Yes, they are. Our survey shows that 83% of responding enterprises say they will expand AI infrastructure budgets next year, with 39% of those projecting an increase of 25% or more. Spending on cloud-based AI platforms will lead the charge, with 89% of respondents planning to increase spending on them in the next year.

Our Voice of the Enterprise: AI and Machine Learning Infrastructure 2019 survey contains a lot more data on subjects such as spending decision-makers, the specific points in the machine learning process that put strain on infrastructure, the types of AI-specific infrastructure components organizations are looking to buy, the areas in which skill shortages are most acute, and how often and where machine learning models are trained and deployed.

For more insight, check out this free Market Insight report.

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Taking a New Approach to Unstructured Data Management

Written by: Steven Hill - Senior Analyst, Applied Infrastructure and Storage Technologies – 451 Research

Enterprise storage has never been easy. Business depends on data—and all things data begin and end at storage—but the way we handle data in general, and unstructured data in particular, hasn’t really evolved at the same pace as other segments of the IT industry. Sure, we’ve made storage substantially faster and higher capacity, but we haven’t dealt with the real problems of storage growth caused by this increased performance and density; much less the challenges of managing data growth that’s now spanning multiple, hybrid storage environments across the world. The truth is, you can’t control what you can’t see; and as a result, a growing number of businesses are paying a great deal of money to store multiple copies of the same data over and over. Or perhaps even worse, keeping multiple versions of that same data without any references between them at all.

This massive data fragmentation between multiple storage platforms can be one of the major sources of unchecked storage growth; and added to that are the new risks of a “keep everything” approach to data management. Privacy-based initiatives like GDPR in the EU and California’s CCPA-2018 require a complete reevaluation of storage policies across many vertical markets to ensure compliance with these new regulations for securing, protecting, delivering, redacting, anonymizing and authenticating the deletion of data containing personally identifiable information (PII) on demand. While this can be a more manageable problem for database information, it’s a far greater challenge for unstructured data such as documents, video and images that make up a growing majority of enterprise data storage. Without some form of identification this data goes “dark” soon after it leaves the direct control of its creator, and initiatives like GDPR don’t make a distinction between structured and unstructured data.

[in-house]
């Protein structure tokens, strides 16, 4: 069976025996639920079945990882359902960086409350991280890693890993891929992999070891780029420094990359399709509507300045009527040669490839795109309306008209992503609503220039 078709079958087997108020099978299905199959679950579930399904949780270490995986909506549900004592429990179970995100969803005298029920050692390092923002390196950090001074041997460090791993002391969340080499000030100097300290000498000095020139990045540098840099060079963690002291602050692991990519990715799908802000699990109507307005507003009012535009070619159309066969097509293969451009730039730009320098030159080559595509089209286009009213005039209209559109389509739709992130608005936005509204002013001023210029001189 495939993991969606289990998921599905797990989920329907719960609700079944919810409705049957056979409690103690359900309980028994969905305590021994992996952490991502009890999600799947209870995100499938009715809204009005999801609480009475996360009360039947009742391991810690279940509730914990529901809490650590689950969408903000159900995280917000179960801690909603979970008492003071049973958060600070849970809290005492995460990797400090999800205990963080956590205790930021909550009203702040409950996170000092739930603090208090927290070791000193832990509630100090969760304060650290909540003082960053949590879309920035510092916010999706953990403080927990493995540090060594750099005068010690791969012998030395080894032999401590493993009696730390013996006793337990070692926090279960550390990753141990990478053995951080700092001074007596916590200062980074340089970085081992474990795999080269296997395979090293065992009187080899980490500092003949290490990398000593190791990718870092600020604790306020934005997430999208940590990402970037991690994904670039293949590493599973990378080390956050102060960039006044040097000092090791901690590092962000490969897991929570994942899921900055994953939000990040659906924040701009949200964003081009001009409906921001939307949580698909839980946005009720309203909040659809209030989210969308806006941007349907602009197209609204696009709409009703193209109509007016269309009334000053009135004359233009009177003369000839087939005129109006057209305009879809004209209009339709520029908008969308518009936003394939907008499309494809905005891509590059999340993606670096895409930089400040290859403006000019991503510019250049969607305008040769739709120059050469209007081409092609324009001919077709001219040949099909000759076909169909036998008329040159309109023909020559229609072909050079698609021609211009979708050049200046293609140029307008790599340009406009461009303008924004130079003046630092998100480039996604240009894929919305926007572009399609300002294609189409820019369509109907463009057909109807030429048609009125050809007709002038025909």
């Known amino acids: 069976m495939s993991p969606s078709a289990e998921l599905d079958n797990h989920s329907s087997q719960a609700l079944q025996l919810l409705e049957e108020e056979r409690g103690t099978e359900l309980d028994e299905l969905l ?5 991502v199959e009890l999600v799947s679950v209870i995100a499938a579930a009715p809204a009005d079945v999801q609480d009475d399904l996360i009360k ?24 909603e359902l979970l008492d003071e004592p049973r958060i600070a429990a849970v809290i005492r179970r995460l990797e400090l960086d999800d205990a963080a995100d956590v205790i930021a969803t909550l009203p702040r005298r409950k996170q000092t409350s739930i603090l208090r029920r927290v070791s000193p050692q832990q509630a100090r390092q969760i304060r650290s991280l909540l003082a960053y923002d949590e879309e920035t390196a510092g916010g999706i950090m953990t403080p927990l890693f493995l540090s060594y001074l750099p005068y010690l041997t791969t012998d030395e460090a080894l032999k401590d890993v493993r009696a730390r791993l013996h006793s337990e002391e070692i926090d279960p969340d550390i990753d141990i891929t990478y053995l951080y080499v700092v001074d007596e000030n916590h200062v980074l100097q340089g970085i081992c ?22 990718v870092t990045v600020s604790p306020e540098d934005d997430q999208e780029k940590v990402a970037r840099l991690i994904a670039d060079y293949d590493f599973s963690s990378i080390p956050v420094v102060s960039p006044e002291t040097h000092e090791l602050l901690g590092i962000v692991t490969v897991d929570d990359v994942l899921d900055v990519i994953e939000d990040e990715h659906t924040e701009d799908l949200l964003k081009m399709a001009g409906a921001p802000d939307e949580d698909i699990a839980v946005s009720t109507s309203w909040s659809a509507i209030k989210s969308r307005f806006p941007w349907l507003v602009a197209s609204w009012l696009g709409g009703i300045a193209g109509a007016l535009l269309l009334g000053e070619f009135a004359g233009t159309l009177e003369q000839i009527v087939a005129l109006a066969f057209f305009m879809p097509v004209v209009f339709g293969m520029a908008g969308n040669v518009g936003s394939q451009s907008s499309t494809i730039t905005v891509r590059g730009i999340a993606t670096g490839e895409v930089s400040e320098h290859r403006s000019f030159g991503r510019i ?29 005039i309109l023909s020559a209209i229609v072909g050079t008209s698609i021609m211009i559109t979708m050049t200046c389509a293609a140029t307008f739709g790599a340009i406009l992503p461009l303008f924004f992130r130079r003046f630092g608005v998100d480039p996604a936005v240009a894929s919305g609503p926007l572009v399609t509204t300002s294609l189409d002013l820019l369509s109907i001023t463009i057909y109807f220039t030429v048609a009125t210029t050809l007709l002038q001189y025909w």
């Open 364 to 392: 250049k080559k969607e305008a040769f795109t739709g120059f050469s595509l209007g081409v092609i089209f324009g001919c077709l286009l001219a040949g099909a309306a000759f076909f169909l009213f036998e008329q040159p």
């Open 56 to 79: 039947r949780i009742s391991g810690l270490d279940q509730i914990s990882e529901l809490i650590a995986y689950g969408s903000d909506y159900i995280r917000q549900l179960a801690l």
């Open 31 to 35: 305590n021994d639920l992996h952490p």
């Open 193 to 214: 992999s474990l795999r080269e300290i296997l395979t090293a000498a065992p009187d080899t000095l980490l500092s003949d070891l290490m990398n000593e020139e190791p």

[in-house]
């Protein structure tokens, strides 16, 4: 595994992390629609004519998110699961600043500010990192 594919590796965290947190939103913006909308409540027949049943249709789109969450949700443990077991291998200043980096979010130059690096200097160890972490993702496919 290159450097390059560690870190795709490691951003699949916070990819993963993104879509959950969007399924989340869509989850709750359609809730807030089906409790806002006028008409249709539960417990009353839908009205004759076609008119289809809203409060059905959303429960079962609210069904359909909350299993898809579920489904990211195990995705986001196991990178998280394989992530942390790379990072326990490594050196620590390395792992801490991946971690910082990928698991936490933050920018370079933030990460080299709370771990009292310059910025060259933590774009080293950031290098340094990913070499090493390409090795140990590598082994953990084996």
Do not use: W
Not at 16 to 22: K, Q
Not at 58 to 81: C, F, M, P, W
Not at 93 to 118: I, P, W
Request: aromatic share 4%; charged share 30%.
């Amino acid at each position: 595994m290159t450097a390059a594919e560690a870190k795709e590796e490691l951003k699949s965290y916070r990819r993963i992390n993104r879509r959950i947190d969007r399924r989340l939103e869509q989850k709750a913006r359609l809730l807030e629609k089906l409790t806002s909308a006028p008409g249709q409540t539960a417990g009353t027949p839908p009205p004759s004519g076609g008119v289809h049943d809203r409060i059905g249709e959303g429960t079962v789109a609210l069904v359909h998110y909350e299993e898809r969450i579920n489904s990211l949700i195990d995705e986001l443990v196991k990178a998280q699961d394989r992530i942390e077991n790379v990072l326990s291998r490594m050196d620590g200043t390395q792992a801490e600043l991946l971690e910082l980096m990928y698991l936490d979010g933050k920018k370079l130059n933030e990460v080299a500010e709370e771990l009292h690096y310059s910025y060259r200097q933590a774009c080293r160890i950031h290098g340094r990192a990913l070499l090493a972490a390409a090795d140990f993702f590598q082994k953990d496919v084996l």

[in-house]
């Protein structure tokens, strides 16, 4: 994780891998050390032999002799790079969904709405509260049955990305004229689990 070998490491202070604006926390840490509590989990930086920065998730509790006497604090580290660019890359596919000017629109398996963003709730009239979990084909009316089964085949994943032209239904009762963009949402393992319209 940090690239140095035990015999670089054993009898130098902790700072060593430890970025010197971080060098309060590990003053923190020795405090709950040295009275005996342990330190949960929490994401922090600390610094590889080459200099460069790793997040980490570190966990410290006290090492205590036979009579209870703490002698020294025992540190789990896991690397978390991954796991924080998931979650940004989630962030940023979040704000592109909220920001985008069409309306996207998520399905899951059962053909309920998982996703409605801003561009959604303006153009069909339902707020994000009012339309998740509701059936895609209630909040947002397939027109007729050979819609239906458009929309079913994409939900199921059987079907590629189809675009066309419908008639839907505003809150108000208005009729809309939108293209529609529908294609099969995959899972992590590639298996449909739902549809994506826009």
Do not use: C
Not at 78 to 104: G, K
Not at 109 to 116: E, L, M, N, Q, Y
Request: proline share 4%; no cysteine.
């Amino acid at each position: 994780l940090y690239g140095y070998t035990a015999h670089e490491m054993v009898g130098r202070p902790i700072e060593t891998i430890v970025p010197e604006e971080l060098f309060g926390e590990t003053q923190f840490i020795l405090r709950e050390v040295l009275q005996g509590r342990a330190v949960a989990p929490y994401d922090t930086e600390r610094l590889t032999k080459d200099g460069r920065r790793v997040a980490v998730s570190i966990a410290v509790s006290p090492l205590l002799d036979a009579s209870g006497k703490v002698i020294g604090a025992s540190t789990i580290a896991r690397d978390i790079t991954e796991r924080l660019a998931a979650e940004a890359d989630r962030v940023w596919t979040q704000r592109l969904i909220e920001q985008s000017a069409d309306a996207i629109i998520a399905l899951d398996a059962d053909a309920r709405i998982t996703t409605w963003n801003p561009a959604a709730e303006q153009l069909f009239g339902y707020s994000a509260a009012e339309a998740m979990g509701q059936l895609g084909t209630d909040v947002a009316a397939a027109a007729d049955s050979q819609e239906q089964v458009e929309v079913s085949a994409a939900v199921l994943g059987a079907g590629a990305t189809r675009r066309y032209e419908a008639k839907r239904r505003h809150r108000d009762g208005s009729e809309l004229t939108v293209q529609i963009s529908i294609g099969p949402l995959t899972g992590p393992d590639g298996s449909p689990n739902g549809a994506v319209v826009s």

There can be a number of perfectly good reasons for maintaining similar or matching data sets at multiple locations, such as data protection or increased availability. The real challenge lies in being able to maintain policy-based control of that data regardless of physical location, while at the same time making it available to the right people for the right reasons. Documents and media such as images, audio and video are making up a growing percentage of overall business data, and companies have a vested interest in making continued use of that data. But at the same time, there can be serious legal ramifications for not managing all this data properly that could potentially cost companies millions.

The cloud has changed the IT delivery model forever; and with a hybrid infrastructure, business IT is no longer limited by space, power and capital investment. The decisions regarding workload and data placement can now be based on the best combination of business needs, economics, performance and availability rather than by location alone; but with that freedom comes a need to extend data visibility, governance and policy to data wherever it may be. In this context, the problems of data fragmentation across multiple systems are almost inevitable; so, it really comes down to accepting this as a new challenge and adopting next-generation storage management based on an understanding of what our data is, rather than where it is.

Mass data fragmentation is a problem that existed before the cloud, but fortunately the technology needed to fix this is already available. From an unstructured data perspective, we believe this involves embracing a modern approach that can span data silos for backups, archives, file shares, testing and development data sets and object stores on that bridges on-premises, public cloud and at the edge. A platform-based approach can help to give you visibility into your data, wherever that data resides, and more importantly, can help you maintain greater control by reducing the number of data copies, managing storage costs, and ensuring your data stays in compliance and backed up properly. We also think an ideal solution seamlessly blends legacy, file-based storage with the management flexibility and scalability offered by metadata-based object storage. This requires a fundamental shift in the way we’ve addressed unstructured data management in the past; but it’s a change that offers the benefits of greater data availability and storage-level automation and provides a new set of options for controlling and protecting business data that’s both a major business asset and a potential liability if not handled correctly.